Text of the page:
• To resource students through a biblically-grounded educational program taught by faculty who are committed to God's Word and the application of principles of Scripture to the issues of contemporary culture.
  • Dr. Karen Mason and Dr. Raymond Pendleton are committed to God's Word and its application to marriage and family. They are both psychologists and Dr. Pendleton is also an ordained minister. They lead students through the development of Biblical and Theological paradigms designed to help clients maximize their God-given potential.
  • To form in students a sound foundation of theological and biblical inquiry in their professional doctoral program's specialized track that they are able to integrate into the life of Christian ministry.
  • Each course begins with theological and biblical principles and integrates psychological science.
  • The final thesis-project must have as one of its components a fully integrated biblical and theological rationale for marriage and family intervention.
  • To provide students with the skill sets and understandings in a specialized area of ministry to such an extent that they can impact their congregation or community more powerfully for God.
  • Over the four years each student will complete case studies. The case studies provide both a logical and a developmental progression as diagnostic and conceptual skills emerge and are enhanced.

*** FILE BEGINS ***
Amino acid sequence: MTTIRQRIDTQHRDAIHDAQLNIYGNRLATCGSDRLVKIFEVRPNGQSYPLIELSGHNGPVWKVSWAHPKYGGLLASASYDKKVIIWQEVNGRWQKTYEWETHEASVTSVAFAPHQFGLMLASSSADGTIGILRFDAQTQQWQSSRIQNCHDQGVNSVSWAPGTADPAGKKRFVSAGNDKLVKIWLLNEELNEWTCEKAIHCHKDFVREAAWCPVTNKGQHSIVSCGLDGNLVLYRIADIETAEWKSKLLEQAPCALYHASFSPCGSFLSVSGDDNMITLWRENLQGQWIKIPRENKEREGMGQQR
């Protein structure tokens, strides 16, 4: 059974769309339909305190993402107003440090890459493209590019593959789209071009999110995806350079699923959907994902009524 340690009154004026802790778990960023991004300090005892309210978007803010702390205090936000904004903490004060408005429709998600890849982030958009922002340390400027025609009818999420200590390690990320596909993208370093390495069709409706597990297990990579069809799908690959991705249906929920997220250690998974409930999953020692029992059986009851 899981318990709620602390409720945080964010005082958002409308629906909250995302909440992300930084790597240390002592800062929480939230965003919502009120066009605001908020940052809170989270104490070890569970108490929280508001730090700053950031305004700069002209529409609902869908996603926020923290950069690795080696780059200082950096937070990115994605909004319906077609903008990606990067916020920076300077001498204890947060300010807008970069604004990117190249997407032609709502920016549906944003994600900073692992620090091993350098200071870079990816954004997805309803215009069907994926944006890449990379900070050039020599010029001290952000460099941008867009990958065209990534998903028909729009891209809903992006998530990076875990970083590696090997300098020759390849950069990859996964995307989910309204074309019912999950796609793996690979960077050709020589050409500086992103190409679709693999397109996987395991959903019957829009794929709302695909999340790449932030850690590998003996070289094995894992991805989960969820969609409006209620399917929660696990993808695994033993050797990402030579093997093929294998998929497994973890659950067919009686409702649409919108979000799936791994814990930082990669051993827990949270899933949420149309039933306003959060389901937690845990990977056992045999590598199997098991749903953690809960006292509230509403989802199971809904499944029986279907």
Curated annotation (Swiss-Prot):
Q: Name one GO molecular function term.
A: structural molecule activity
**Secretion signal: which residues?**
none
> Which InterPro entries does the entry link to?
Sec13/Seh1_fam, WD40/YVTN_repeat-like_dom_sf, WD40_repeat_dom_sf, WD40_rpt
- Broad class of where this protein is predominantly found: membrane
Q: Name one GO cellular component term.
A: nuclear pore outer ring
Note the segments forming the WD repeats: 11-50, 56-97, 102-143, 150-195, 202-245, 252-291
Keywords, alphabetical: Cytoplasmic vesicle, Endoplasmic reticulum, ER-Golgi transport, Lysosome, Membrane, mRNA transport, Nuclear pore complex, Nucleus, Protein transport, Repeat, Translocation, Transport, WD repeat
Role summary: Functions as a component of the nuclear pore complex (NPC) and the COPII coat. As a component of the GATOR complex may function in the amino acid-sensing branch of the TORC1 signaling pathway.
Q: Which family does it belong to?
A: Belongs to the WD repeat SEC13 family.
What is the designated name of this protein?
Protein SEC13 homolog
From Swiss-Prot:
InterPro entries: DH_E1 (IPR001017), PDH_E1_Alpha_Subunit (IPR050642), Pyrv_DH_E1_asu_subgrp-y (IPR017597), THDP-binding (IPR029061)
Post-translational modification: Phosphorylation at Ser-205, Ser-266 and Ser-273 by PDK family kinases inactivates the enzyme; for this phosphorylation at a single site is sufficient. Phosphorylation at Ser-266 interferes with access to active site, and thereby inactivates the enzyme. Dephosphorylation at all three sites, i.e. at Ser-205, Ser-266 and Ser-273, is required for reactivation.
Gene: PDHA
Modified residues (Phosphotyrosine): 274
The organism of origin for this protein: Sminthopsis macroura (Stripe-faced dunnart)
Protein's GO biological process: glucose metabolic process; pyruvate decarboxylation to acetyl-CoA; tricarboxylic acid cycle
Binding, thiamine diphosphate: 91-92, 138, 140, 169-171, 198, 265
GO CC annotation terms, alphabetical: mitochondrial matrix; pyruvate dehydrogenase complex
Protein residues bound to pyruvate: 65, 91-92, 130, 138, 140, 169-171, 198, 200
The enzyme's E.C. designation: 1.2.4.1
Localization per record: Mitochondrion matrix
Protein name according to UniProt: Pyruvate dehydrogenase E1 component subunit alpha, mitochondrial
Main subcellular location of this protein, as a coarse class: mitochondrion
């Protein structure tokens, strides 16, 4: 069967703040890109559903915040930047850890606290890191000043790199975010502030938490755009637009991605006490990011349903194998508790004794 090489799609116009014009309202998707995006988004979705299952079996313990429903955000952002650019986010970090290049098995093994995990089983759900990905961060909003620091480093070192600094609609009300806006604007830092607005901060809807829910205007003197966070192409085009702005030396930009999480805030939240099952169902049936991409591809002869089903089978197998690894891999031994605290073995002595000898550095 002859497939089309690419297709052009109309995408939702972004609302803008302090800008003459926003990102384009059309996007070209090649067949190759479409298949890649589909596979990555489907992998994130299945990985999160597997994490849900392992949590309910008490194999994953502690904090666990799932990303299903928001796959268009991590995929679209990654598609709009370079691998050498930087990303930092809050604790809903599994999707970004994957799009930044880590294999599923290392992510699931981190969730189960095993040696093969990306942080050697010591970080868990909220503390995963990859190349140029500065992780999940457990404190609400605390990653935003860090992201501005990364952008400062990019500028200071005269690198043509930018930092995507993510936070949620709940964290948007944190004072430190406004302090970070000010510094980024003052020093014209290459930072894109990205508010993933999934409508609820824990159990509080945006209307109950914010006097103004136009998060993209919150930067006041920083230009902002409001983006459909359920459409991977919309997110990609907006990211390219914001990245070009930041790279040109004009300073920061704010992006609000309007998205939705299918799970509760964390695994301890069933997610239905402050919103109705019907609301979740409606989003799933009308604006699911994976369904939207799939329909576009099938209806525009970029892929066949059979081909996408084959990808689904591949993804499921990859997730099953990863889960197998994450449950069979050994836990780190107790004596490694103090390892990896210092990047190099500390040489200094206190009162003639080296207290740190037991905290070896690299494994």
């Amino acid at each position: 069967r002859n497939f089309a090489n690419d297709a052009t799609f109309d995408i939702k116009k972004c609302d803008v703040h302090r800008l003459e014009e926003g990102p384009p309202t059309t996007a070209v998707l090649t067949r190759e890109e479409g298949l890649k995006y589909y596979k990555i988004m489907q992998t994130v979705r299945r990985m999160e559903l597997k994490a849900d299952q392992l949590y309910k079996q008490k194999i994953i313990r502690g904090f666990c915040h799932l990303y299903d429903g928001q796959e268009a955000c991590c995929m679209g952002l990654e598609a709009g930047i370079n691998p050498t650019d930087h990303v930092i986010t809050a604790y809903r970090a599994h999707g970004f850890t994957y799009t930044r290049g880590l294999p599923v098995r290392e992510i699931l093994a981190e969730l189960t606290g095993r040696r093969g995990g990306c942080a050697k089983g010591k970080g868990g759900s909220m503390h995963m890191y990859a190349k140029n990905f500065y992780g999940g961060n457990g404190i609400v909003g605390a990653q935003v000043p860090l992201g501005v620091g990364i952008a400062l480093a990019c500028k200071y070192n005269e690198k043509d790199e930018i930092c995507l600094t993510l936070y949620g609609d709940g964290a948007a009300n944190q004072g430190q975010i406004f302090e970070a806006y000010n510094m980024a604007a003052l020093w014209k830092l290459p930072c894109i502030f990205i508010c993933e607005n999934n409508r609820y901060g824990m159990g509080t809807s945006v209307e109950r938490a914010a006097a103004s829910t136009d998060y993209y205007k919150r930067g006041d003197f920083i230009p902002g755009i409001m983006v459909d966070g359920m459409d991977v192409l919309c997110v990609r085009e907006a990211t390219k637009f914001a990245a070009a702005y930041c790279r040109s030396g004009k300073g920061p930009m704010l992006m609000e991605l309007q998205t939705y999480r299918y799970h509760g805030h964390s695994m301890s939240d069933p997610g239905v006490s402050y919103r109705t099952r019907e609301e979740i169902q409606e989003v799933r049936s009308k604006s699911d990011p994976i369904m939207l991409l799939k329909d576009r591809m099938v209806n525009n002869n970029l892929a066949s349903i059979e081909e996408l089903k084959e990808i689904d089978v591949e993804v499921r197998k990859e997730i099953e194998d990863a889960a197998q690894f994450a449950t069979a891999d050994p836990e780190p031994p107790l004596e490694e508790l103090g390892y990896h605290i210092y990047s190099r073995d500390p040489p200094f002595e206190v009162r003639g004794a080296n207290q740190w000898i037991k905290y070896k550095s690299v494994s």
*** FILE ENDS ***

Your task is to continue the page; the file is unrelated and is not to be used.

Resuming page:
• Students will also complete practica hours at sites outside normal ministry or work locations. Students are advised on how to set up agreements with sites fitting their interest, these sites should be chosen to give the students a variety of counseling settings.
  • To create through the cohort model of the program a dimension of Christian community and spiritual nurturing so that students form strong friendships with one another and enter long-term relationships with the scholars who guide the learning experience.
  • Each residency includes at least one evening meal together as a cohort, hosted by the mentors. This is an opportunity for students to cement relationships in a relaxed environment outside the classroom.
  • To develop in students a deeper understanding of Christ's lordship in all areas of life for the common good of the contemporary world.
  • Each day begins with a devotional led by the students. This is a time of spiritual focus and a time for growing together as a cohort.
  • To cultivate within students through critical reflection and careful research through the residencies and projects an enriched Christian witness in the places of society they are called to serve.
  • It is clear that the Church must take a proactive stance in undergirding strong marital and family life and a program that provides specialized training in Marriage & Family Counseling will serve that purpose.
  • To instill in students a refreshed view of their ministry as it relates to the proclamation of the Gospel among all people.
  • Students will complete supervised clinical hours over the course of the residencies.Sites are set up by the student and approved by the mentor as appropriate to meet the educational needs of the program.